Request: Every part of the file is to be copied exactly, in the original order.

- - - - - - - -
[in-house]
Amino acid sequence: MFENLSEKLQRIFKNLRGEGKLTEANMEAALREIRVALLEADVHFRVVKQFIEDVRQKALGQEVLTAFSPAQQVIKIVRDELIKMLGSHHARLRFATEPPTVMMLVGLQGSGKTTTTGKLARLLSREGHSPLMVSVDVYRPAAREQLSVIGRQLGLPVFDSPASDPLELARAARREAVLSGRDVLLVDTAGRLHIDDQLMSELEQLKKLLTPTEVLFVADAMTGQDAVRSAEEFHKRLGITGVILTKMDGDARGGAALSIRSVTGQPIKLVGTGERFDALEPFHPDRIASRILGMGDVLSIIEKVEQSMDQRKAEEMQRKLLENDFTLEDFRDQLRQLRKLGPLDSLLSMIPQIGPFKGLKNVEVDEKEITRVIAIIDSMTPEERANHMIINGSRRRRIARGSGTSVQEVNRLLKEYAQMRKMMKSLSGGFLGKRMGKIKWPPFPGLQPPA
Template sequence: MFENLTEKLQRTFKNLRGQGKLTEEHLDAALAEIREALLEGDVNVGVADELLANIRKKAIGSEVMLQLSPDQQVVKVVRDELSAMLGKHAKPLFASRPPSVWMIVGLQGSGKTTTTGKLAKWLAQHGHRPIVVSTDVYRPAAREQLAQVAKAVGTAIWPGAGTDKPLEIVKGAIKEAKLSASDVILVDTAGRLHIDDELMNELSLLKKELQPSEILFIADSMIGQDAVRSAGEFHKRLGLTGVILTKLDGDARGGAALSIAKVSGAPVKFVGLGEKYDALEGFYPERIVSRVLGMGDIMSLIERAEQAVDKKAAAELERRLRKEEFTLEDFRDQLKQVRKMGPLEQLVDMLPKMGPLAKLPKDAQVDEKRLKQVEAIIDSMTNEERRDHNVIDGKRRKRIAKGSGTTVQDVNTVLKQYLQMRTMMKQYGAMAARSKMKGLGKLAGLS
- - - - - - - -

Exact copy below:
[in-house]
Amino acid sequence: MFENLSEKLQRIFKNLRGEGKLTEANMEAALREIRVALLEADVHFRVVKQFIEDVRQKALGQEVLTAFSPAQQVIKIVRDELIKMLGSHHARLRFATEPPTVMMLVGLQGSGKTTTTGKLARLLSREGHSPLMVSVDVYRPAAREQLSVIGRQLGLPVFDSPASDPLELARAARREAVLSGRDVLLVDTAGRLHIDDQLMSELEQLKKLLTPTEVLFVADAMTGQDAVRSAEEFHKRLGITGVILTKMDGDARGGAALSIRSVTGQPIKLVGTGERFDALEPFHPDRIASRILGMGDVLSIIEKVEQSMDQRKAEEMQRKLLENDFTLEDFRDQLRQLRKLGPLDSLLSMIPQIGPFKGLKNVEVDEKEITRVIAIIDSMTPEERANHMIINGSRRRRIARGSGTSVQEVNRLLKEYAQMRKMMKSLSGGFLGKRMGKIKWPPFPGLQPPA
Template sequence: MFENLTEKLQRTFKNLRGQGKLTEEHLDAALAEIREALLEGDVNVGVADELLANIRKKAIGSEVMLQLSPDQQVVKVVRDELSAMLGKHAKPLFASRPPSVWMIVGLQGSGKTTTTGKLAKWLAQHGHRPIVVSTDVYRPAAREQLAQVAKAVGTAIWPGAGTDKPLEIVKGAIKEAKLSASDVILVDTAGRLHIDDELMNELSLLKKELQPSEILFIADSMIGQDAVRSAGEFHKRLGLTGVILTKLDGDARGGAALSIAKVSGAPVKFVGLGEKYDALEGFYPERIVSRVLGMGDIMSLIERAEQAVDKKAAAELERRLRKEEFTLEDFRDQLKQVRKMGPLEQLVDMLPKMGPLAKLPKDAQVDEKRLKQVEAIIDSMTNEERRDHNVIDGKRRKRIAKGSGTTVQDVNTVLKQYLQMRTMMKQYGAMAARSKMKGLGKLAGLS